HOT’s local and global communities were ready to help. In disaster risk areas such as Nepal, community resilience and a working knowledge of open data tools like OSM have become part of the overall crisis management strategy. In this case, the local OSM community, led by non-profit tech company Kathmandu Living Labs (KLL), had been hosting training workshops and building partnerships with governments, universities and civil society groups for a few years prior to 2015.
More than 7500 mappers worked day and night to improve the existing map for responders. The HOT Activation Team and KLL worked with partners to obtain and process free imagery (pre and post-disaster imagery), train and validate map efforts as well as managing the steady stream of new contributors. KLL coordinated mapathon events on five continents: Europe, Africa, North America, South America and Asia, advising mappers on areas to prioritise.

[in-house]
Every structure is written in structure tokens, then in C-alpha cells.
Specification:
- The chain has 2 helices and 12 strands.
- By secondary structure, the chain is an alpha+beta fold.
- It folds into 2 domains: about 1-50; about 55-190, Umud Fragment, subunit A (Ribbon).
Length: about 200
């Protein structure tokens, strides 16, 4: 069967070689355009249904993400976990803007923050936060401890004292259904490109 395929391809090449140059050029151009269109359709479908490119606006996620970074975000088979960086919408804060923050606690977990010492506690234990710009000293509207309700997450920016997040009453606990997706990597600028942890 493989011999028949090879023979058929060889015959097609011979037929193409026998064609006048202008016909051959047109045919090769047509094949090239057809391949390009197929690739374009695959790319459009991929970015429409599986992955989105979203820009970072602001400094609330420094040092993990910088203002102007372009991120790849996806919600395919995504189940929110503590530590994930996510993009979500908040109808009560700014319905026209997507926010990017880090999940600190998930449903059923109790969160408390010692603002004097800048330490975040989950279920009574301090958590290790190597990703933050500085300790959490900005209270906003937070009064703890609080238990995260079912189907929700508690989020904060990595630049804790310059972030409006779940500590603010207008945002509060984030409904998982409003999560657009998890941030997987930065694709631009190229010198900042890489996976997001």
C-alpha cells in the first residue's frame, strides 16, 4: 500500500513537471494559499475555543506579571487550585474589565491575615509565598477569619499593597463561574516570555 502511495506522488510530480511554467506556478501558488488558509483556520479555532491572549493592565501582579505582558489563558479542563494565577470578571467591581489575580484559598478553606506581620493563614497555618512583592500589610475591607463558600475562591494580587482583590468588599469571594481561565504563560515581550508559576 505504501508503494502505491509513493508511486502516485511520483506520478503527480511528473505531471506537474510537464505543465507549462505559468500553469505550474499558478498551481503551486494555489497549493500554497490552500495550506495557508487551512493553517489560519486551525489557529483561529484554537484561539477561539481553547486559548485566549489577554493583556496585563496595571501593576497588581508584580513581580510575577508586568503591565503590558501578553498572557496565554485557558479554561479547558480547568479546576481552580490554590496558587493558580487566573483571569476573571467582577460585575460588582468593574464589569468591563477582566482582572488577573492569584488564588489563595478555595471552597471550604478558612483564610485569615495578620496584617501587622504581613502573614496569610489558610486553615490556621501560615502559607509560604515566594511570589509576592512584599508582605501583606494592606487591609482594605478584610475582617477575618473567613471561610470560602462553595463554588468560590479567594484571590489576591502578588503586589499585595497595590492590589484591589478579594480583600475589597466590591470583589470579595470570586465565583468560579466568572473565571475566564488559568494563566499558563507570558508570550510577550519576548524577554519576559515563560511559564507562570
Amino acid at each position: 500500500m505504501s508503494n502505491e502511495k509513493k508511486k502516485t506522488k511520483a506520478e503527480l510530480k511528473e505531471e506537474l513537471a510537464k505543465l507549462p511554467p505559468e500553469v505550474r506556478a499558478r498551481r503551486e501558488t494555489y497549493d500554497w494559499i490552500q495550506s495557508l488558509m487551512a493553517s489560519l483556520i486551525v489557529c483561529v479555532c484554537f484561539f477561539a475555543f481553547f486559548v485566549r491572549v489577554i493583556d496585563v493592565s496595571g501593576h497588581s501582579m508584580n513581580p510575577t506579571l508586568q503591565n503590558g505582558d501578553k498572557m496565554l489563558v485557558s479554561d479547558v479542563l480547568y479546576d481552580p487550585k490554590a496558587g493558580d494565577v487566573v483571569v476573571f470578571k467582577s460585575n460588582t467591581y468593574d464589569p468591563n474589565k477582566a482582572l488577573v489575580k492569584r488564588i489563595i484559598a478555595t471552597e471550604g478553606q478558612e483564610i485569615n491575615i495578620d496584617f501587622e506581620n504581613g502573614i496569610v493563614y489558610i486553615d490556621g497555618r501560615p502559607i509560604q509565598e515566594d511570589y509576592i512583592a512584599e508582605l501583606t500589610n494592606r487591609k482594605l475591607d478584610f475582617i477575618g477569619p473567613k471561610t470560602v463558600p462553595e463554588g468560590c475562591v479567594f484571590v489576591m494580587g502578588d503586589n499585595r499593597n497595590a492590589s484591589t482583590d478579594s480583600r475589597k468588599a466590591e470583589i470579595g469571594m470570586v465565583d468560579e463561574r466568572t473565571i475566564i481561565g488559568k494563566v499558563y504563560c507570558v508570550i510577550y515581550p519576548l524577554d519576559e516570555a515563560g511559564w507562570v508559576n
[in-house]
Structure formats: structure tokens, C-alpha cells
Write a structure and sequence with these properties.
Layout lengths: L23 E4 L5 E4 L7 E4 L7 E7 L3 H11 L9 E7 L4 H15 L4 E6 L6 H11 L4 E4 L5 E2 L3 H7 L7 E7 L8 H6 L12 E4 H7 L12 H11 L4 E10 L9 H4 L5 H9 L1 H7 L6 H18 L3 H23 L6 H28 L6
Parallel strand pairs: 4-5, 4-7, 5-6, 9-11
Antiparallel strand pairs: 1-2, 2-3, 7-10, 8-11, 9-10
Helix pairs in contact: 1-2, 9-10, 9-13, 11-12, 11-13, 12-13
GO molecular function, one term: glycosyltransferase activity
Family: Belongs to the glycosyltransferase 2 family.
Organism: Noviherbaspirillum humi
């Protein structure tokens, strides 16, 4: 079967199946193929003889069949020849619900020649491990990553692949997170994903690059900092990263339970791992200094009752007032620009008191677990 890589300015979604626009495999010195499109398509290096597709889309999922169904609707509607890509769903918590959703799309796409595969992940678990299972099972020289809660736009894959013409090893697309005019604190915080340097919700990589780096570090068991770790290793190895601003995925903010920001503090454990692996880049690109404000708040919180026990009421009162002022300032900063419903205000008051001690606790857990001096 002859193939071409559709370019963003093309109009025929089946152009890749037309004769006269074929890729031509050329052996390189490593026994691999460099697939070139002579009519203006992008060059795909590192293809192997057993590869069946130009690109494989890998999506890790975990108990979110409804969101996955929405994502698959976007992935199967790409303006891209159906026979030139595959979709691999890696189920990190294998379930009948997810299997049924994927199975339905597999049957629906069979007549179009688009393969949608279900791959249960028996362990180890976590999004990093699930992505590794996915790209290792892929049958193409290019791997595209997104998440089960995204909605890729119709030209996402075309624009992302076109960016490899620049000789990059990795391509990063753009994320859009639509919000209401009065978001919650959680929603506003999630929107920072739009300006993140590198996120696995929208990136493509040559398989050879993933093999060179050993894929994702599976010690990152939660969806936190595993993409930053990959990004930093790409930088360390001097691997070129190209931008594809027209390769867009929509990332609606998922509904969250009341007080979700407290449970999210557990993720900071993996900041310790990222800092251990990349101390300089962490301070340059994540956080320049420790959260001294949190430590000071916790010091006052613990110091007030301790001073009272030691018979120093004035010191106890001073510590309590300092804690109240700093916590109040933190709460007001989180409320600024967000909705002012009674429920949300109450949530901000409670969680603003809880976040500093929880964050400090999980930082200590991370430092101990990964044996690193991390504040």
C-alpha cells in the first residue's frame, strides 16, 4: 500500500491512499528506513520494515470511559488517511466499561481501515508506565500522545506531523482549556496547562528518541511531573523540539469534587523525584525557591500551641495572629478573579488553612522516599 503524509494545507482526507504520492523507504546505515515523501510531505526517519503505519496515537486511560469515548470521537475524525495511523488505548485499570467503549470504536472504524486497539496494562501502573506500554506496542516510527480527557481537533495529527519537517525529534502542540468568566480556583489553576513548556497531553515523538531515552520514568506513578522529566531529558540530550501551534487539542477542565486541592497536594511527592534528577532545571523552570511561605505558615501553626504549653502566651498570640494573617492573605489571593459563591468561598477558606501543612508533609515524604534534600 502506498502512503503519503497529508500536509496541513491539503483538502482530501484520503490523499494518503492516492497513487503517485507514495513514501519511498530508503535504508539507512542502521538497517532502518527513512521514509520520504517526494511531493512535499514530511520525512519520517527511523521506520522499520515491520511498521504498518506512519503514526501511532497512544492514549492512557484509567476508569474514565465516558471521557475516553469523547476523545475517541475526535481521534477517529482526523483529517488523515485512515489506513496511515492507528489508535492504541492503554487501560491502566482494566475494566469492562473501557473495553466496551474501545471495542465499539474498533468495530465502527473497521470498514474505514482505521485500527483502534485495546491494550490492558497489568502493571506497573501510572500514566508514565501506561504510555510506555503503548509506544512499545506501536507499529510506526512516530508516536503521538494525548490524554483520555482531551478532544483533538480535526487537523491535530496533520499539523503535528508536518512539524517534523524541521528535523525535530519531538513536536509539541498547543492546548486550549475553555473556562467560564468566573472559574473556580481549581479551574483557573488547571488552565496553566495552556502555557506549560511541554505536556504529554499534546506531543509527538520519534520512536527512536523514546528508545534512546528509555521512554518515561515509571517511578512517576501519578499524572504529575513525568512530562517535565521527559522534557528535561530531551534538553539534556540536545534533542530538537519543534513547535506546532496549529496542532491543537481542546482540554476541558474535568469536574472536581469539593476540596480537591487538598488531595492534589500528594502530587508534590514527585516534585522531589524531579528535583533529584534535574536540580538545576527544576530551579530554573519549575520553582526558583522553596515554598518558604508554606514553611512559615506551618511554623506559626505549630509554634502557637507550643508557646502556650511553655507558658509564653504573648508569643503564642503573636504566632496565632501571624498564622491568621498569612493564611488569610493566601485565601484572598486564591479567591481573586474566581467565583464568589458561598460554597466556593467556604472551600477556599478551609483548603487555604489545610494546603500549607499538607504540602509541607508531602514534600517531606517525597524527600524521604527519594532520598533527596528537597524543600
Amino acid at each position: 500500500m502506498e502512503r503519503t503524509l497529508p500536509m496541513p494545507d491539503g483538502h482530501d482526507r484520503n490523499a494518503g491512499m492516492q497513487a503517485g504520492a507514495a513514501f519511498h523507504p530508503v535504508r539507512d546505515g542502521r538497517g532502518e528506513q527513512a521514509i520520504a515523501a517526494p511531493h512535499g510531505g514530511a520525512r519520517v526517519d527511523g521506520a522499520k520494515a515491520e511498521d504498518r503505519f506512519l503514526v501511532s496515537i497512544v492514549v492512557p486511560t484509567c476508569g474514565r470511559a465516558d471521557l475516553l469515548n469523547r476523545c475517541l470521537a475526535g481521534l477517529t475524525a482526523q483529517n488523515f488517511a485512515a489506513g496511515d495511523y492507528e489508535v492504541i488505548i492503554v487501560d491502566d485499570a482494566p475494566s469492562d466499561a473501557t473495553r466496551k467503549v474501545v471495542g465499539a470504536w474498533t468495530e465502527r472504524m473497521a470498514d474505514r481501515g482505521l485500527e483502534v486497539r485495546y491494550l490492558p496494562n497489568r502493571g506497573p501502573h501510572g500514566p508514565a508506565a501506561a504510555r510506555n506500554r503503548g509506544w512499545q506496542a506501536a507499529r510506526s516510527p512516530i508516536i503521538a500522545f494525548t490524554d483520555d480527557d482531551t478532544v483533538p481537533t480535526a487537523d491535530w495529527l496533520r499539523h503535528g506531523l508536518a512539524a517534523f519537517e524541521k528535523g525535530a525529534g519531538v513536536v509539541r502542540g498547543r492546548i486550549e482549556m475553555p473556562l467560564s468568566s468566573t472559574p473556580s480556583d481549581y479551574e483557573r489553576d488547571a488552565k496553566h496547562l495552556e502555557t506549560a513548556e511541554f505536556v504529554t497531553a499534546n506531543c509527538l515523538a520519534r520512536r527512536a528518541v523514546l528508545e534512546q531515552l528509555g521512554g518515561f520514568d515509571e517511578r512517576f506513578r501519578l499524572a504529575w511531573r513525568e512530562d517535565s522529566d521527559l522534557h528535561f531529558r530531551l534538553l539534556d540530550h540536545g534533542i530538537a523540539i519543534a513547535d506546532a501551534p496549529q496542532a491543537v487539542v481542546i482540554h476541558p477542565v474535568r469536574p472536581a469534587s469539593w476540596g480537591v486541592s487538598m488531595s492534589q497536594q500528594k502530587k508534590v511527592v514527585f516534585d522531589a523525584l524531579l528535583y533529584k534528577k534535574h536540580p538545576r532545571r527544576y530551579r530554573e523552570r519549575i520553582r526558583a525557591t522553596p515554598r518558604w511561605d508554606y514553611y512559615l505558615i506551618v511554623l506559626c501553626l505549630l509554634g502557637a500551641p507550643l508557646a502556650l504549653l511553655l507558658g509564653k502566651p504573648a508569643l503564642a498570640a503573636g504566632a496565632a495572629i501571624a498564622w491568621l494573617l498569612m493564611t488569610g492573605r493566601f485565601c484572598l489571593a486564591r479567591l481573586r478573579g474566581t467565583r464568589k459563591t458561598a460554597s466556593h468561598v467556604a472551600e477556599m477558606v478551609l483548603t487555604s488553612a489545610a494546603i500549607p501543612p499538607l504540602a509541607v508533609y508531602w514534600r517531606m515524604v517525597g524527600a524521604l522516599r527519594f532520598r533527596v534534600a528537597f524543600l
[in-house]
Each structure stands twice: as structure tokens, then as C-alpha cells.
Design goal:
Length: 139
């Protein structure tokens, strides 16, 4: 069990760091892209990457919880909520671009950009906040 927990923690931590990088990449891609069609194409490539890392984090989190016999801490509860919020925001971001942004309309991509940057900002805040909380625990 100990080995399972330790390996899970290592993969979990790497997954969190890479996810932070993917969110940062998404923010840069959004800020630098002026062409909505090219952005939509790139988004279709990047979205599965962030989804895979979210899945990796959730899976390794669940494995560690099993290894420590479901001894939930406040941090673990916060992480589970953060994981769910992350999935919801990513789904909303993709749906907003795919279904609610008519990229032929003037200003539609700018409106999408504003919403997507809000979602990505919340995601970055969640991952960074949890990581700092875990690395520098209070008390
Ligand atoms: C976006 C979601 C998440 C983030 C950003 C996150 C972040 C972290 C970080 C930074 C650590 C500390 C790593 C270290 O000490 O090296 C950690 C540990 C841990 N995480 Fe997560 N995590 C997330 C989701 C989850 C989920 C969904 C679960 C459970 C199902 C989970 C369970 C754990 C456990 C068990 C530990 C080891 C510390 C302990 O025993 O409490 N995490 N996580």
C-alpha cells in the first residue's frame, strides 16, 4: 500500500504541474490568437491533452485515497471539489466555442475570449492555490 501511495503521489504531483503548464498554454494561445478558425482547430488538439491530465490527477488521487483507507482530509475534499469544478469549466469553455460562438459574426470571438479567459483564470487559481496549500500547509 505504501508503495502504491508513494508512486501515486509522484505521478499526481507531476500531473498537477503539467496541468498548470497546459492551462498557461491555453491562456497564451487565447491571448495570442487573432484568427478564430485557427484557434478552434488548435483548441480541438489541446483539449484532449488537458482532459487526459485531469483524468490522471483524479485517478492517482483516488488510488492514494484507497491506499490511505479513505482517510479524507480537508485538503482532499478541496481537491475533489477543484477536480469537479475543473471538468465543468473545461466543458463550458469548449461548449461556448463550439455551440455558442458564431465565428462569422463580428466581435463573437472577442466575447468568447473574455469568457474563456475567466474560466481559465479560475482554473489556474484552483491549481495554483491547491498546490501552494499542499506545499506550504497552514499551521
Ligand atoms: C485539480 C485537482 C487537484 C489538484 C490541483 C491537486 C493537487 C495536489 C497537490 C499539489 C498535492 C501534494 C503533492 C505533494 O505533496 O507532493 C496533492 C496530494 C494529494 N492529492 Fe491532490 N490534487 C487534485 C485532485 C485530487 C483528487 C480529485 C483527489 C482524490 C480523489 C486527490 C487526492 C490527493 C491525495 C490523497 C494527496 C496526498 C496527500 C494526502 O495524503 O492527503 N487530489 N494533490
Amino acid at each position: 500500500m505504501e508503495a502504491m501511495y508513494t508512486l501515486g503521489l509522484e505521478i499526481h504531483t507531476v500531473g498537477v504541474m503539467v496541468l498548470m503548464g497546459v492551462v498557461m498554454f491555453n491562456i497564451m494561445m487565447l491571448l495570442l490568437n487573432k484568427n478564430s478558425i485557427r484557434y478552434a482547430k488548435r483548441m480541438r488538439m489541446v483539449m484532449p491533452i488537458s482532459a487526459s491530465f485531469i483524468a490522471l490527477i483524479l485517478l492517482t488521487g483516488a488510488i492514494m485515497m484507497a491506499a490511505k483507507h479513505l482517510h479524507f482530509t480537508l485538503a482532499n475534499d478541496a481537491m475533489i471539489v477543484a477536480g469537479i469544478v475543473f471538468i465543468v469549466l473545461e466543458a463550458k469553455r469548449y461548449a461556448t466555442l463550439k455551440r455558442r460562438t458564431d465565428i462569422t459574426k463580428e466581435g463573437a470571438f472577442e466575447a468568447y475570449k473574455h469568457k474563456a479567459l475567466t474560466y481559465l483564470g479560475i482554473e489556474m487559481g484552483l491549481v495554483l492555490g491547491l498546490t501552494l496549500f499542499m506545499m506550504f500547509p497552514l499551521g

Emergency aid groups including those from Nepal Civil Defense, Canadian Forces, American and Nepal Red Cross used the up-to-date maps produced by the worldwide OSM community to help plan their response on the ground. Existing communities that provide more technical mapping support made it possible to obtain various map products (print or digital). The Japanese community also translated the Nepal OSM Building guide into Japanese.
Open data from open maps can make a difference in the world.
How people can collect data for OpenStreetMap